By Barry Reszel
When it comes to Les Misérables, musical theatre patrons fall into two camps.
The first includes those who put Les Mis in their top-five, will see any production they might be able to attend and are ready to take to the barricade to defend their ranking against anyone who might question it. The second camp…well, its members are the unlucky few who have yet to take in a wonderful production of the perfect musical.
Fortunately for constituents in both camps, Broadway in Chicago’s soaring touring edition is ready for and deserving of their presence at the Cadillac Palace through July 27.
The well-known story centers on 19th Century French fugitive Jean Valjean, who broke parole to have a chance at a better life, and his pursuer, the self-righteous Inspector Javert, who seeks to enforce the letter of the law. A full plot synopsis and history of the 1987 Tony Award-winning Best Musical may be read here.
Broadway in Chicago’s updated touring version is based on 2014’s Broadway revival. Co-directed by Laurence Connor and James Powell, it’s newly staged and orchestrated, with sets hearkening the artistic talents of the story’s original author, Victor Hugo. The stage is gorgeously adorned with dazzling projections by Set and Image Designer Matt Kinley and fabulous lighting by Paule Constable.
Greater still than the intriguing environment created inside Chicago’s gorgeous Cadillac Palace and the interesting costumes by Andreané Neofitou and Christine Rowland) is the music; as soon as the dramatic first notes are heard, there is no doubt the star of this production is Claude-Michel Schönberg‘s (music) and Herbert Kretzmer‘s (lyrics) lustrous songbook. Accompanied by Music Director Brian Eads and his brilliant 14-member orchestra, the stellar 38-person cast impeccably signs through new musical arrangements by Christopher Jahnke, Stephen Metcalfe and Stephen Brooker, adding an updated touch without sacrificing a thing. Instead, quite to the contrary, they are a reminder that all musicals, but this one in particular, are first about the music.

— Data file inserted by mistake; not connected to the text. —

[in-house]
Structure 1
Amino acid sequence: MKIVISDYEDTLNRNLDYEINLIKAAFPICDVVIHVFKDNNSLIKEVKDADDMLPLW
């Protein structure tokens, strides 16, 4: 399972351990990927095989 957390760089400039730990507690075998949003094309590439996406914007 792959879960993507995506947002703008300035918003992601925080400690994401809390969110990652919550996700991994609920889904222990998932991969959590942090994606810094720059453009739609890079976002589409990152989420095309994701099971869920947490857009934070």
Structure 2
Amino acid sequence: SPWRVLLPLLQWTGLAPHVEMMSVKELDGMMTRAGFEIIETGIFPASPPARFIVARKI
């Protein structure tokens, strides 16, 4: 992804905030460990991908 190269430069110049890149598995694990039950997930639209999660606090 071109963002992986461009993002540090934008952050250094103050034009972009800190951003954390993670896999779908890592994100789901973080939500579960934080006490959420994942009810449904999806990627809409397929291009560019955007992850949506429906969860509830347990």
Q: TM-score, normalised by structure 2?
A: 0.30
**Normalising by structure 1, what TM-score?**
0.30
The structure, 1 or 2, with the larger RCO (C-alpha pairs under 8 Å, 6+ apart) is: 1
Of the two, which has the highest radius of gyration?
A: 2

While plaudits abound onstage, two in particular deserve special mention. Nick Cartell gives a memorably magnificent performance as Jean Valljean. He exudes all the necessary tenderness for his characterization with a masterfully-controlled baritone/tenor including an easily-beckoned falsetto used most effectively on a tear-jerking performance in, note-for note, the best song in the world’s musical theatre canon, “Bring Him Home.”
So, too, Paige Smallwood as Éponine angelically sings the character’s signature song to open Act 2, “On My Own.” It is an effortlessly dazzling rendition that audiences will not soon forget. And a shout-out to Patrick Rooney, graduate of Roosevelt’s Chicago College of Performing Arts, who has performed on many Chicagoland stages. He is representative of the entire stellar ensemble of magical triple threats.
All said, this wondrous show is a delight for all, sharing its eternal message that “to love another person is to see the face of God.” Don’t miss this chance to see Les Misérables.
Broadway in Chicago presents “Les Misérables” through July 27 at the Cadillac Palace Theatre, 151 W Randolph Street, Chicago. More information and tickets are available here.